• Antioxidant vitamins may protect women fromcancer of the uterus

    Jun 05, 2009
    Increased intakes of Vitamins C and E and beta-carotene may reduce the risk of cancer of the uterus, according to a new review and meta-analysis of the science to date. Writing in Cancer Causes and Control, US scientists report that for every 1,000 microgram increase per 1,000 calories of diet for Beta-Carotene there was a 12% reduction in the risk of endometrial cancer. Similarly, for every 50 milligram increase per 1,000 calories for Vitamin C there was a 15% reduction in the risk of suffering with endometrial cancer, and for every 5 milligram increase per 1,000 calories for Vitamin E the risk of endometrial cancer was reduced by 9%.
  • Spirulina extract may reverse pain sensitivity

    Jun 04, 2009
    C-phycocyanin is a compound found in the blue green algae Spirulina; it may reduce inflammation and have pain killing effects, according to a new animal study. Increasing doses of C-phycocyanin reduced levels of inflammatory markers in rats administered carrageenan, a chemical injected into the rat’s paw that causes pain and inflammation. The researchers were led by Tz-Chong Chou from Taiwan’s National Defence Medical Center.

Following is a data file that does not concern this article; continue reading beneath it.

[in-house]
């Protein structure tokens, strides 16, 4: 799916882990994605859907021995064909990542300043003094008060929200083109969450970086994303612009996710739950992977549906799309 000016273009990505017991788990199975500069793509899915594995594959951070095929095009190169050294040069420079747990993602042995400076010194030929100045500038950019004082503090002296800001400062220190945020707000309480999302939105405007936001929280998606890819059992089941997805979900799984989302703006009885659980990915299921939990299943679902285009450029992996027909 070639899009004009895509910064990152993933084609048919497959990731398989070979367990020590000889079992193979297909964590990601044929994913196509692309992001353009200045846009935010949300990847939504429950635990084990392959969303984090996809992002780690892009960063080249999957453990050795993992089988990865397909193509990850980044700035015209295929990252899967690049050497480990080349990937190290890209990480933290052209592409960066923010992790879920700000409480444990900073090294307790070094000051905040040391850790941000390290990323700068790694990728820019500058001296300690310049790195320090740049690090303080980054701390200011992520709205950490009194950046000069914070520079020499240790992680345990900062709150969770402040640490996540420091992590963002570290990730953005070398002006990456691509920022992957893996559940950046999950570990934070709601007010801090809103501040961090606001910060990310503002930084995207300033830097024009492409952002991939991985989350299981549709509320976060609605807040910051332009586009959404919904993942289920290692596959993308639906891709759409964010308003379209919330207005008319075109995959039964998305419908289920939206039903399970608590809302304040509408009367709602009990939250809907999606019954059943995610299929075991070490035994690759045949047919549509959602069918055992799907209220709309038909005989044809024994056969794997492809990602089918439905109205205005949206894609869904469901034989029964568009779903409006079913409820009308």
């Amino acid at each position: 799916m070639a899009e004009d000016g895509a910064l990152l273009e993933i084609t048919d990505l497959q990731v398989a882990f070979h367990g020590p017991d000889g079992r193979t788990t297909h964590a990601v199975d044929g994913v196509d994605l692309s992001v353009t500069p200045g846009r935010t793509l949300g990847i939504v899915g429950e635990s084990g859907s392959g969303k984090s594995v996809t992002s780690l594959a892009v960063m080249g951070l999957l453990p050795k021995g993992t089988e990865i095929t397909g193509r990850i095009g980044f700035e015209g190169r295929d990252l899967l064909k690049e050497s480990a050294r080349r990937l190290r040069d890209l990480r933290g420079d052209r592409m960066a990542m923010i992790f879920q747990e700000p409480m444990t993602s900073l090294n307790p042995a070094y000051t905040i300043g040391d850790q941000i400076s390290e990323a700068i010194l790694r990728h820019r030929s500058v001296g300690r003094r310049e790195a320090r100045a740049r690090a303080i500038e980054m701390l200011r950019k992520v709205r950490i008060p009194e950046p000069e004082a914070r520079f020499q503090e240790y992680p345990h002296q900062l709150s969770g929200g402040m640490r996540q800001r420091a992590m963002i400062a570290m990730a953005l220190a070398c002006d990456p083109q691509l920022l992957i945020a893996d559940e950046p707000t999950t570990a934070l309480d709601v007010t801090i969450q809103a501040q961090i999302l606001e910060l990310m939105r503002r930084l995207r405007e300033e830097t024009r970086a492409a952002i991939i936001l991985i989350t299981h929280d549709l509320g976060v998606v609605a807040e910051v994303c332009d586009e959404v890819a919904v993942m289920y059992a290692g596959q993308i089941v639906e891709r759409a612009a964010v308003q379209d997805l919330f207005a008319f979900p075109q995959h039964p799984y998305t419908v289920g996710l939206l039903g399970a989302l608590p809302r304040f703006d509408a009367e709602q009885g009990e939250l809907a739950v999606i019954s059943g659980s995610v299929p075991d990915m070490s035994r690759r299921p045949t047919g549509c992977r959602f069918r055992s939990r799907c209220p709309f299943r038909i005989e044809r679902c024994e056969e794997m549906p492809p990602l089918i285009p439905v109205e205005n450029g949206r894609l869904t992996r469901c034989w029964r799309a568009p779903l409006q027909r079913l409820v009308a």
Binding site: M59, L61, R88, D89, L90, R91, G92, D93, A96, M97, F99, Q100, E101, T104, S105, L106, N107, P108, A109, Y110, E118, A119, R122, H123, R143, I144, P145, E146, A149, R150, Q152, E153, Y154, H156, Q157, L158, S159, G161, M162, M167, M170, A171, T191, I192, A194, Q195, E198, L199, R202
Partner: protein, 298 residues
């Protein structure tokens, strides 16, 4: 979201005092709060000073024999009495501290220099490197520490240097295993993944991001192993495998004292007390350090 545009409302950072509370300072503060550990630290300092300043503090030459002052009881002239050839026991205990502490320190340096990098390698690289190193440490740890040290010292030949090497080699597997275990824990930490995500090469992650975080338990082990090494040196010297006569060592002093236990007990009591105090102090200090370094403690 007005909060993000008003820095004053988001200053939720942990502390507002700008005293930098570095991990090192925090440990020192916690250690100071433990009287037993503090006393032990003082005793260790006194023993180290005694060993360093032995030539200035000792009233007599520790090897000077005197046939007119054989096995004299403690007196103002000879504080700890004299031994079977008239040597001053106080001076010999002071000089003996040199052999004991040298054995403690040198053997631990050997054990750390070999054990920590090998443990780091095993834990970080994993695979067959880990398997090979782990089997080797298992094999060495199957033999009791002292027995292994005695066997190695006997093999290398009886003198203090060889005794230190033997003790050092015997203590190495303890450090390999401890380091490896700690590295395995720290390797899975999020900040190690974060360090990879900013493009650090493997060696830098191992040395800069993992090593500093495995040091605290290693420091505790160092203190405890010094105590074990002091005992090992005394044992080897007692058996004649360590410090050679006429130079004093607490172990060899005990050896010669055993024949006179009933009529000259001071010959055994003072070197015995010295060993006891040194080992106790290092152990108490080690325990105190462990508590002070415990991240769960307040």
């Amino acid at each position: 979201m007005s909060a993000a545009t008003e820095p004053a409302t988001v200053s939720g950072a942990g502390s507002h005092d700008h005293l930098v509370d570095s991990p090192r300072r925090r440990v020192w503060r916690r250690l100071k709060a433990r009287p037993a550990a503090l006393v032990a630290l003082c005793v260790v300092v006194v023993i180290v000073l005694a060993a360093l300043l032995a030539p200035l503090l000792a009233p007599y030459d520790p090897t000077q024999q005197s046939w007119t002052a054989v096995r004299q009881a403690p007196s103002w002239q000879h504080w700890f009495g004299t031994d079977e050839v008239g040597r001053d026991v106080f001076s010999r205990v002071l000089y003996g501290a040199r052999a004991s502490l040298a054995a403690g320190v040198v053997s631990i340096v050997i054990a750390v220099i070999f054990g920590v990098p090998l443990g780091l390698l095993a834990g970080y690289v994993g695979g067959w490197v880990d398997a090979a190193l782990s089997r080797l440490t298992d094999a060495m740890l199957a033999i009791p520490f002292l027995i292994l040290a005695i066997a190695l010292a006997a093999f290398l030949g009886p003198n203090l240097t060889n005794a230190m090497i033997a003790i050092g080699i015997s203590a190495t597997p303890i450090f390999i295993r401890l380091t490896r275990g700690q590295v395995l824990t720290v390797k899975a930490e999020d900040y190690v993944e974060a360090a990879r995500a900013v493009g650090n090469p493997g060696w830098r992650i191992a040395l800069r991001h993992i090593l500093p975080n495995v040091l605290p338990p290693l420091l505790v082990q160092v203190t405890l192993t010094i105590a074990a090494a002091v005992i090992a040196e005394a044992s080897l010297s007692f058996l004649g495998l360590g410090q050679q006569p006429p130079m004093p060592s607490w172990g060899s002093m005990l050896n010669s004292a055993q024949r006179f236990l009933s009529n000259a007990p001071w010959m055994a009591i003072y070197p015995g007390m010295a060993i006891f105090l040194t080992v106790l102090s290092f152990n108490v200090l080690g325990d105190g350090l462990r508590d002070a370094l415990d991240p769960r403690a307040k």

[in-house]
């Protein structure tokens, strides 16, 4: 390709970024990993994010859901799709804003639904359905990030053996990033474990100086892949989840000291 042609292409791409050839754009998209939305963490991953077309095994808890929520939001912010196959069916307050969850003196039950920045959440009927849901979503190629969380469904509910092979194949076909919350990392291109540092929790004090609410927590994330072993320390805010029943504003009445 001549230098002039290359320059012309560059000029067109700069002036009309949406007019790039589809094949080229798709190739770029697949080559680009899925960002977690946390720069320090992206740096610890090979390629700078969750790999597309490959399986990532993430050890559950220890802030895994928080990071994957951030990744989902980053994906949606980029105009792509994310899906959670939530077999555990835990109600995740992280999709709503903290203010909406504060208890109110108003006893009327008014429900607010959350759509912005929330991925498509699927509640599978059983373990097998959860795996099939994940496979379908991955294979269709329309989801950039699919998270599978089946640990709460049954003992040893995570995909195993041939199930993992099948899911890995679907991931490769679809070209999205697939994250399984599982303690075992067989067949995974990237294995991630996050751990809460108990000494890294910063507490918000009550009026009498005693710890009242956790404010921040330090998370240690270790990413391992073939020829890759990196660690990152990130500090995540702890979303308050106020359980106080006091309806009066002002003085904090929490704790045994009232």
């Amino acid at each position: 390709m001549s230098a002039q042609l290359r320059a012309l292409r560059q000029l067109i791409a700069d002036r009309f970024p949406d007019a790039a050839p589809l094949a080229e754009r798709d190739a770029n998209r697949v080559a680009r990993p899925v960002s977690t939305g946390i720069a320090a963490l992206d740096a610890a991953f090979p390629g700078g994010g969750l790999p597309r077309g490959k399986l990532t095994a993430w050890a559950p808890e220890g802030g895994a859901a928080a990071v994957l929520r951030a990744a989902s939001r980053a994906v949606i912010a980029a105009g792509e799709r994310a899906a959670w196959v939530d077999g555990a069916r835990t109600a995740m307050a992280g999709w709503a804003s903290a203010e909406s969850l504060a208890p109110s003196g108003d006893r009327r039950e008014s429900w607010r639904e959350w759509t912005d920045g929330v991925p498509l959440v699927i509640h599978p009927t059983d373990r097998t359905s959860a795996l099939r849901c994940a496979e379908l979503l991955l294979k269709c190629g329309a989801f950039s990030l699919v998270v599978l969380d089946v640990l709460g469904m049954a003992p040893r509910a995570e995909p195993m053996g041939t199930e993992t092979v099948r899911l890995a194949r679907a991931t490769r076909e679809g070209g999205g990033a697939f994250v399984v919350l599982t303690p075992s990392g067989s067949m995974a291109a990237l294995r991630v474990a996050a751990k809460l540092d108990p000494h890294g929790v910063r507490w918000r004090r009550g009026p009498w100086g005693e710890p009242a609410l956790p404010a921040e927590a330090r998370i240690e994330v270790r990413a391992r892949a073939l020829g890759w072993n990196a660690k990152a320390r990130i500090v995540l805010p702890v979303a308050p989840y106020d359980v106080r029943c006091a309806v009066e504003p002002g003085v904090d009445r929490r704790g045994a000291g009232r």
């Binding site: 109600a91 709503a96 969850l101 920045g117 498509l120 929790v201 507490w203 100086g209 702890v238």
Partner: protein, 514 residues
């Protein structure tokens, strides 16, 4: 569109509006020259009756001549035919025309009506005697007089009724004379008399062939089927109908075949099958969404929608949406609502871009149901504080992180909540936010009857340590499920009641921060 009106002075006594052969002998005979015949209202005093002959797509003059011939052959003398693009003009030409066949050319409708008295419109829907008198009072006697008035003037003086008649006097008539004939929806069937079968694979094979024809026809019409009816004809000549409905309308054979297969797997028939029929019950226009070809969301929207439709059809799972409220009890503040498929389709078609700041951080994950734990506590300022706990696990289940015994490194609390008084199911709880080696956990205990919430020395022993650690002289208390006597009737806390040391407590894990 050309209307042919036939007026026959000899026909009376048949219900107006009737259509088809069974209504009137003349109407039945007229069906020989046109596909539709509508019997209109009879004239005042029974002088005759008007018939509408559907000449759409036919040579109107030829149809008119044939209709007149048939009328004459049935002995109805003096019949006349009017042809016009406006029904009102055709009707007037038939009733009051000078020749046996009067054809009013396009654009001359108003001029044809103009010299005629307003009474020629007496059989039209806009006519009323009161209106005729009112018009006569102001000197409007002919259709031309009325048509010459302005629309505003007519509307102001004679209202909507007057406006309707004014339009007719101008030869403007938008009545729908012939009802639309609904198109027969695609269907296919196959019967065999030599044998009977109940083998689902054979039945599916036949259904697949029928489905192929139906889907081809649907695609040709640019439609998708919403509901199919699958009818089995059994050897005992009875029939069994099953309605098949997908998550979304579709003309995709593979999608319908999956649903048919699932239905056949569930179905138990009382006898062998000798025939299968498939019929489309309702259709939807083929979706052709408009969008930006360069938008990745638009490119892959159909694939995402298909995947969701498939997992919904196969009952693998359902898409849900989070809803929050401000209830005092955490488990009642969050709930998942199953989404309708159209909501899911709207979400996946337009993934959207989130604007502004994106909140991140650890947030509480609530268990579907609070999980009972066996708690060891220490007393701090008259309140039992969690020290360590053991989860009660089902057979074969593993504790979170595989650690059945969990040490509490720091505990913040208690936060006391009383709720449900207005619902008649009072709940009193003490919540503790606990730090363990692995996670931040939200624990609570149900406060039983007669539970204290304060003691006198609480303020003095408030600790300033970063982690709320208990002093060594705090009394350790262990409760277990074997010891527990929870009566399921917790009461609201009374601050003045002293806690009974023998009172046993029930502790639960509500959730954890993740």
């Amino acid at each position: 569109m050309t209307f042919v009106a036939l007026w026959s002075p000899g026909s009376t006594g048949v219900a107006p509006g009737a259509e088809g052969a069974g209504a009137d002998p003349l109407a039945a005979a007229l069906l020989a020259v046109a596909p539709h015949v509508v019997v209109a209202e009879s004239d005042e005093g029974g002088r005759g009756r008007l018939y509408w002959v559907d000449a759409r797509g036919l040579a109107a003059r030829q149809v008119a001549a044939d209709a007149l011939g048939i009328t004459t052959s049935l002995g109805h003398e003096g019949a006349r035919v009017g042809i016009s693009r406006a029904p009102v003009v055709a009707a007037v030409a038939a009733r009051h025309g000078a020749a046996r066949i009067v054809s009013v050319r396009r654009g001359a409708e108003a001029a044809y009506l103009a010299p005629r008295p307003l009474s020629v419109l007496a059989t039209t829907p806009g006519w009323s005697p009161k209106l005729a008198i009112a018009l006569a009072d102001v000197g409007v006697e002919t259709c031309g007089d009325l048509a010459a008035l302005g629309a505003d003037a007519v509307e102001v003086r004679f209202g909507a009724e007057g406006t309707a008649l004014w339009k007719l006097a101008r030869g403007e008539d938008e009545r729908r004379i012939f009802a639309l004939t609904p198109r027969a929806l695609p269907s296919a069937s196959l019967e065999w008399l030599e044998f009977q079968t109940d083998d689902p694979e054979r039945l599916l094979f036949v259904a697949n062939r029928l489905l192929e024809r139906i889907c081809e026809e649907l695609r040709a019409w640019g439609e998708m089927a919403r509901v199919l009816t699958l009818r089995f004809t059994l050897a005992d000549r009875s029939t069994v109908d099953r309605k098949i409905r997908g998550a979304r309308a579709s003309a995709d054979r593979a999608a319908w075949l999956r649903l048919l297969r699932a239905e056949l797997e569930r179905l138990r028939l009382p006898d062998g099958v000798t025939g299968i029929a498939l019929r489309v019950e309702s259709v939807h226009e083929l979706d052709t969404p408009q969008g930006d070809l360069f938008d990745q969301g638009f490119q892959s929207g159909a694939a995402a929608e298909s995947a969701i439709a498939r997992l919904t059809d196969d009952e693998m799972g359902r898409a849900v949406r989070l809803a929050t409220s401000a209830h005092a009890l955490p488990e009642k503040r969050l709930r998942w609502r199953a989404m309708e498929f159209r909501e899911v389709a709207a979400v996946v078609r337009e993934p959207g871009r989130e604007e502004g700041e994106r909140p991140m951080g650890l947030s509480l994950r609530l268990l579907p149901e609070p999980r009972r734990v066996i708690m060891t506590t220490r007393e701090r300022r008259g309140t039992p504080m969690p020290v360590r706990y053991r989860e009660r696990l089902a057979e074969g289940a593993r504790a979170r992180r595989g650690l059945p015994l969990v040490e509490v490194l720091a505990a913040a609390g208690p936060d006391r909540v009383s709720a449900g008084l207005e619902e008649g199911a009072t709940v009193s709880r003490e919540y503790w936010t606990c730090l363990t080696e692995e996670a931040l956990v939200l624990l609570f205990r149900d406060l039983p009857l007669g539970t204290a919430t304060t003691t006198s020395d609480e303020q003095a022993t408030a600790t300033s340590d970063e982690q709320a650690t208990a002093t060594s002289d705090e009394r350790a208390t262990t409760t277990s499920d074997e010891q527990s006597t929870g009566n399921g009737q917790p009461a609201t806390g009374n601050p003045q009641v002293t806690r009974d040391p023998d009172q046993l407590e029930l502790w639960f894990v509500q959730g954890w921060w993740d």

• Hormone replacement therapy linked to lung cancer deaths

    Jun 03, 2009
    The use of hormone-replacement therapy for menopause for five years or more increases the risk of dying from lung cancer by 60%, U.S. researchers reported on Saturday. For smokers, the trial found that use of Prempro, Wyeth's combined estrogen/progestin hormone-replacement therapy, caused an extra death from non-small cell lung cancer for each 100 women during the study.
  • Vitamin D may help prevent arthritis of the knee

    Jun 02, 2009
    Having a low blood level of vitamin D may lead to painful arthritis of the knee according to researchers from the Menzies Research Institute in Tasmania, Australia. Low Vitamin D is associated with a loss of cartilage in the knee joint of older individuals according to the report. Lead author of the study Dr.
  • Green Tea May Help Fight Leukemia

    Jun 01, 2009
    Researchers from the Mayo Clinic in Rochester, MN and the Ernest Mario School of Pharmacy at Rutgers in Piscataway, NJ report good results in early leukemia clinical trials using EGCG; the major active ingredient in Green Tea. The trial determined that patients with chronic lymphocytic leukemia (CLL) can tolerate the Green Tea constituent when high doses are taken in capsule form and that the lymphocyte count was reduced in one-third of the patients. “We found not only that patients tolerated the green tea extract at very high doses, but that many of them saw regression to some degree of their chronic lymphocytic leukemia,” says Tait Shanafelt, M.D., Mayo Clinic hematologist and lead author of the study.